June 15, 2009

HPWREN is Key Partner in New Palomar Transient Factory Sky Survey

By W. Scott Kardel Public Affairs Coordinator, Palomar Observatory, California Institute of Technology

Astronomers using telescopes at Palomar Observatory and around the globe have begun an innovative sky survey that will be used to detect unprecedented numbers of powerful cosmic explosions and other transient events. The survey also may soon reveal new classes of astronomical objects.

All of these discoveries will stem from the Palomar Transient Factory (PTF) survey, which combines, in a new way, the power of a wide-field telescope, a high-resolution camera, and high-performance networking and computing, with rapid follow-up by telescopes around the globe, to open windows of discovery for astronomers. The survey has already found 40 supernovae and is gearing up to switch to a robotic mode of operation that will allow objects to be discovered nightly without the need for human intervention.

The Samuel Oschin Telescope at Palomar Observatory is hosting the new camera

Credit: W. Scott Kardel

HPWREN, the High Performance Wireless Research and Education Network, is a key partner in this survey which allows a remote telescope located on Palomar Mountain to rapidly deliver more than 100 gigabytes of imagery every night to a computing center hundreds of miles away. HPWREN's high-speed data link allows image data to be beamed off of the mountain to Internet, and then to the LBNL's National Energy Scientific Computing Center for instant analysis. There, computers compare new digital images to ones previously obtained at Palomar. More computers using a type of artificial intelligence software sift through the results to identify the most interesting "transient" sources - those that vary in brightness or position.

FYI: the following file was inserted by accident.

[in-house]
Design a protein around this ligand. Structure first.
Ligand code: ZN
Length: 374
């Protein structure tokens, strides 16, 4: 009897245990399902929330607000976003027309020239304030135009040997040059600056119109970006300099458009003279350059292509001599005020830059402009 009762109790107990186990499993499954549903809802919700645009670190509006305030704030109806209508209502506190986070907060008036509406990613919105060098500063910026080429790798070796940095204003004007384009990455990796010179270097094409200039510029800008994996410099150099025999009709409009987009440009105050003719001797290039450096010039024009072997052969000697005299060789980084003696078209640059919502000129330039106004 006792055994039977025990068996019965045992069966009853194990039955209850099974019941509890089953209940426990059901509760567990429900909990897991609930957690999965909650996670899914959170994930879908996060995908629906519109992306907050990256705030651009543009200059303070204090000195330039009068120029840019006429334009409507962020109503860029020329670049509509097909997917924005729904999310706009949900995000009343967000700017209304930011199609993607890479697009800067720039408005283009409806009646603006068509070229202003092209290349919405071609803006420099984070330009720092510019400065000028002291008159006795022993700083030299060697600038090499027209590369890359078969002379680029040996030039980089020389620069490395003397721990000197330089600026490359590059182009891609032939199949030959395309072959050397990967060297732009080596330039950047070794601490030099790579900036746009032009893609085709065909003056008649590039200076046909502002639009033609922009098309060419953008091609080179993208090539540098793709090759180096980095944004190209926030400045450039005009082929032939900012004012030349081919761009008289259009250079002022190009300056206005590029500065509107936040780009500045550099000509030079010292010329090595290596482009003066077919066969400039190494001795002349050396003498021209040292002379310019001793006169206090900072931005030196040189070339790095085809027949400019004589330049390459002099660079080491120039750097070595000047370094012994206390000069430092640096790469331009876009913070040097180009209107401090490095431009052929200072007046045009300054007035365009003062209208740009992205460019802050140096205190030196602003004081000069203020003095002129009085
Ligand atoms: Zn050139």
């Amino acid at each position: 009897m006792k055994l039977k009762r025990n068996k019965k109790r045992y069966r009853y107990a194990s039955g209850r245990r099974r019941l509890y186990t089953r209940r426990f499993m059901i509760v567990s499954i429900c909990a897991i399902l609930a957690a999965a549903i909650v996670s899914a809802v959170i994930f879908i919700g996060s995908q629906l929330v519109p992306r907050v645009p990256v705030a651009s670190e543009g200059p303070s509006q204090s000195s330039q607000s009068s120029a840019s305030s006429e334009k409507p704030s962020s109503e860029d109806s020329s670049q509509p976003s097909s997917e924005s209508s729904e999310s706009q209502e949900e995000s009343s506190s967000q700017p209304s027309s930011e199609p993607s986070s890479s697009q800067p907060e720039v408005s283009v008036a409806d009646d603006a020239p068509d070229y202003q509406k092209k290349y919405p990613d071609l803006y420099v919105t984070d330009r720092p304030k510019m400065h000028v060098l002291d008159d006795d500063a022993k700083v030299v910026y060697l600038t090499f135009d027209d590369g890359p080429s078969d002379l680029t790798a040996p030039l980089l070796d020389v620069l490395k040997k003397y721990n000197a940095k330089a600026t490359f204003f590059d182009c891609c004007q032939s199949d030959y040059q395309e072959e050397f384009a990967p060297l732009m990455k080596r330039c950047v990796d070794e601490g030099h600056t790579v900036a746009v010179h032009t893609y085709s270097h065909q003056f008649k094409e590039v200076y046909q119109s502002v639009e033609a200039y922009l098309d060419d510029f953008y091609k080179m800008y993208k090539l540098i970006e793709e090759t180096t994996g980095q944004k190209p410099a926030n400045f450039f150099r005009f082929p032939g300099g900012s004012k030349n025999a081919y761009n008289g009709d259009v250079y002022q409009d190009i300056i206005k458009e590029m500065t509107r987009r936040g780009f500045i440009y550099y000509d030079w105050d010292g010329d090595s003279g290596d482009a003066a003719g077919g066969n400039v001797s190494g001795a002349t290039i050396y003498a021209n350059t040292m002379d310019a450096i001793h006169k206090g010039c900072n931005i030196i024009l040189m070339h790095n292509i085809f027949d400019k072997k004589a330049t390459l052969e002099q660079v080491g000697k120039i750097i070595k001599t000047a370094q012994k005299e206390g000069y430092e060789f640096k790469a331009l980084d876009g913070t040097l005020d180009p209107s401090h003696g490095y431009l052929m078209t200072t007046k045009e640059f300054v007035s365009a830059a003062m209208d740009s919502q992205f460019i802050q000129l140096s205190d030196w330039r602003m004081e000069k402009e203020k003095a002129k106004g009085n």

Within minutes of a candidate transient's discovery, the system sends its coordinates and instructions back via HPWREN for follow-up observations using the Palomar 60-inch telescope and other instruments.

HPWREN provides a critical link in enabling this new survey which astronomers are expecting to deliver big discoveries.

M31 - the Andromeda galaxy, as seen with the new PTF camera on the Samuel Oschin Telescope at Palomar Observatory. This image covers 3 square degrees of sky, more than 15 times the size of the full moon.

Credit: Nugent & Poznanski (LBNL), PTF collaboration

Full press releases are available from Caltech and LBNL/NERSC.

Main HPWREN web site (includes information for acknowledgments/disclaimers and feedback/contact)